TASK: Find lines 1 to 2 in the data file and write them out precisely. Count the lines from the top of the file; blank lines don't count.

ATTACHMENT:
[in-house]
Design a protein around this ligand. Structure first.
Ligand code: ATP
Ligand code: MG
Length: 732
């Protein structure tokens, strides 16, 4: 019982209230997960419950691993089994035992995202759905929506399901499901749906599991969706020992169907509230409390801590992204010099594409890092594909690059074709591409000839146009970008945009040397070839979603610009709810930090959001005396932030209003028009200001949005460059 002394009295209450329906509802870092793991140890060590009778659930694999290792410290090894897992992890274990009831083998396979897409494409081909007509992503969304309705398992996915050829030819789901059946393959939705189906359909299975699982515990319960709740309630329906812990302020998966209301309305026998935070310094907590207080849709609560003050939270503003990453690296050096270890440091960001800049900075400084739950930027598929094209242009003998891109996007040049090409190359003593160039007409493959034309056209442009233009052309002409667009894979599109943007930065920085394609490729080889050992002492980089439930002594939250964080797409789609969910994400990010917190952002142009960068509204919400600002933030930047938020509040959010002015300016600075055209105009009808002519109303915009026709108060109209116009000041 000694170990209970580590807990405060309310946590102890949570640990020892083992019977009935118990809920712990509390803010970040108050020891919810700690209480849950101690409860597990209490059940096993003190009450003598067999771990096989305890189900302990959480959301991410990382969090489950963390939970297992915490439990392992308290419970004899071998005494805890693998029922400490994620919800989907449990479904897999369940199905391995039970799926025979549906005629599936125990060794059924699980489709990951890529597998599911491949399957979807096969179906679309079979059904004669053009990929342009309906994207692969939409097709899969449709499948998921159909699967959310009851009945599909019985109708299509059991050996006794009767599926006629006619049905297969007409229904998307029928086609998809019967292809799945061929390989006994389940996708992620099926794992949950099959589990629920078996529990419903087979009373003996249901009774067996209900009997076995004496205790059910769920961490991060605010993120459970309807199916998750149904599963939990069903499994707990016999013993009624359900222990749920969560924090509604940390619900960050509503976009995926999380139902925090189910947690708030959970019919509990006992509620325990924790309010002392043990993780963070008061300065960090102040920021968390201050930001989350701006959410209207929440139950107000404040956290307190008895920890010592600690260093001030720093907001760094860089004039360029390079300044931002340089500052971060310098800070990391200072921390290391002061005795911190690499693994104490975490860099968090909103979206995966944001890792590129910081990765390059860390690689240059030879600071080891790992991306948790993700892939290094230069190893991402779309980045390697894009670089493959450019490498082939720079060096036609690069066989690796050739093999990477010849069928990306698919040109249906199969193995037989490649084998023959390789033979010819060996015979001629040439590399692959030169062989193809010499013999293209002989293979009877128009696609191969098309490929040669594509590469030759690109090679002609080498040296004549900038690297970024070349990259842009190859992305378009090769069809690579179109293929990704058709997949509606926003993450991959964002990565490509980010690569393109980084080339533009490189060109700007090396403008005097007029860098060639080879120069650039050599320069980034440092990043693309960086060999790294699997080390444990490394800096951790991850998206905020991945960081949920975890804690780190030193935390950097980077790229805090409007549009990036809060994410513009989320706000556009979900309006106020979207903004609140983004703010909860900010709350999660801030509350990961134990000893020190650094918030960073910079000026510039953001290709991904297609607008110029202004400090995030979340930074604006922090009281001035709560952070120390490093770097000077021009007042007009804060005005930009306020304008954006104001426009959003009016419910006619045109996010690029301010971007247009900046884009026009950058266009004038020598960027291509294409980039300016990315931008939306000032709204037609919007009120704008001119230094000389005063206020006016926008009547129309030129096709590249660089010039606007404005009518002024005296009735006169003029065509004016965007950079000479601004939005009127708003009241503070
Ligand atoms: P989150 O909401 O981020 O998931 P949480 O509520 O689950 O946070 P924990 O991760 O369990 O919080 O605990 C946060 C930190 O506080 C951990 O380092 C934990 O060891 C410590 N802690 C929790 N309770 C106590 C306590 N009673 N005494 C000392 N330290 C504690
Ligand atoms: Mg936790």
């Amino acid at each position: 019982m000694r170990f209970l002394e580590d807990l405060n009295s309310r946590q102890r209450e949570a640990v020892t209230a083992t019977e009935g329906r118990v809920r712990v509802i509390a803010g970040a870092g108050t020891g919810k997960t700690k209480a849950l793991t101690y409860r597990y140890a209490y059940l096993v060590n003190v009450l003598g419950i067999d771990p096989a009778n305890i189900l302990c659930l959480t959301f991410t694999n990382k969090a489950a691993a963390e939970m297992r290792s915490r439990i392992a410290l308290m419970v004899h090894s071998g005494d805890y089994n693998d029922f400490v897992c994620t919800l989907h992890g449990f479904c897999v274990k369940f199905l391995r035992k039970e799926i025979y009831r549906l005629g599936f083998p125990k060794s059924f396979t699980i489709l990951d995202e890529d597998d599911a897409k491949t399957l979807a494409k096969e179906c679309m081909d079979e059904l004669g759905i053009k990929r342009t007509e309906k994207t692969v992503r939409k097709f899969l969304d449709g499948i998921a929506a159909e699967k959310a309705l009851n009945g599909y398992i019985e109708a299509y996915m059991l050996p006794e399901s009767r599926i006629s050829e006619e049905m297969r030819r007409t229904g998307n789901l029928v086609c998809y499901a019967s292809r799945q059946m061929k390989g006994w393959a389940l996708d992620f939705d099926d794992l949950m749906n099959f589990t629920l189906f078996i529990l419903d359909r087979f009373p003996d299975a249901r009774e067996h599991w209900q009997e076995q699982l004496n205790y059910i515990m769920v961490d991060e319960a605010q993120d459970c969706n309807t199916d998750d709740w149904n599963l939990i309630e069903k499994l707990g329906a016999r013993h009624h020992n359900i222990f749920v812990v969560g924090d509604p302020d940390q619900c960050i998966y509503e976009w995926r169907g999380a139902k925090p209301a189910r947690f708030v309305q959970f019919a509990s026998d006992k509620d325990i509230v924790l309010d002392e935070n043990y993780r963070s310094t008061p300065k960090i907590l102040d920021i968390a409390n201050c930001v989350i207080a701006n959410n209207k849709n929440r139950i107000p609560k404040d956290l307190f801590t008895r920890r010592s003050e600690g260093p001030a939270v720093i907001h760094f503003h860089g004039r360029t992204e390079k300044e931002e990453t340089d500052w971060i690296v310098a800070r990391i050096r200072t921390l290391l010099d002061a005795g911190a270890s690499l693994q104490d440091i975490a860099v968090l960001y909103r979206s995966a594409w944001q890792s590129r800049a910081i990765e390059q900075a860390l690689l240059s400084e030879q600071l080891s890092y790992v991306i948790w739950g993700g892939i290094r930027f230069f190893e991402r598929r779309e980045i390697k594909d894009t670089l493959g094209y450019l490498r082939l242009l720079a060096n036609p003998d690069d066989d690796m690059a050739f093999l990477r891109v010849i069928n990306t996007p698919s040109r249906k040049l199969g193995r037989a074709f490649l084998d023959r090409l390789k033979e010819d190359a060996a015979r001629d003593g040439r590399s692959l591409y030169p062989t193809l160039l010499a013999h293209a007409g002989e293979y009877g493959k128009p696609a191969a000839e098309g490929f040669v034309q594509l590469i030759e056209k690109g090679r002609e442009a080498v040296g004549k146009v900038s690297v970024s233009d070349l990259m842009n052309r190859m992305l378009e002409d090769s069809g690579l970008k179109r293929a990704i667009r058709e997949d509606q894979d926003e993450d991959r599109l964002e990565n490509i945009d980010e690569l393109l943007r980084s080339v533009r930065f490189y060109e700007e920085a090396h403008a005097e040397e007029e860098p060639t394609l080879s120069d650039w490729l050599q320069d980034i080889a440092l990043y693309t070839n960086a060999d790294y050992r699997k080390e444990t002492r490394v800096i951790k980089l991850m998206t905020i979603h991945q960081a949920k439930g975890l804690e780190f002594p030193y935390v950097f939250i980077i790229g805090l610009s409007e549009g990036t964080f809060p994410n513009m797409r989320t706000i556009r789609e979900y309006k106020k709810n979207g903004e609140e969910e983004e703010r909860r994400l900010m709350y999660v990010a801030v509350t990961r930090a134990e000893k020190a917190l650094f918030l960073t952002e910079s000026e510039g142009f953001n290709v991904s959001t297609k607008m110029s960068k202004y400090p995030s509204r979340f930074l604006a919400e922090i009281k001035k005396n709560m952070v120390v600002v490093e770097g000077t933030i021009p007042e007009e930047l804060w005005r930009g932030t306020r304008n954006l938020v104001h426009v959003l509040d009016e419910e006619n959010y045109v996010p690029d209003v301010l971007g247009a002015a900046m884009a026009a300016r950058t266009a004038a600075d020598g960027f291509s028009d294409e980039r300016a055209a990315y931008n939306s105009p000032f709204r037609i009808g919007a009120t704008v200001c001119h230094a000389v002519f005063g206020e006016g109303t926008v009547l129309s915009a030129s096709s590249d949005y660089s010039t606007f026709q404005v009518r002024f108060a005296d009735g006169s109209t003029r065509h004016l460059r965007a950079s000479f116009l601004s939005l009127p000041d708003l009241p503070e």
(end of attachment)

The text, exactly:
[in-house]
Design a protein around this ligand. Structure first.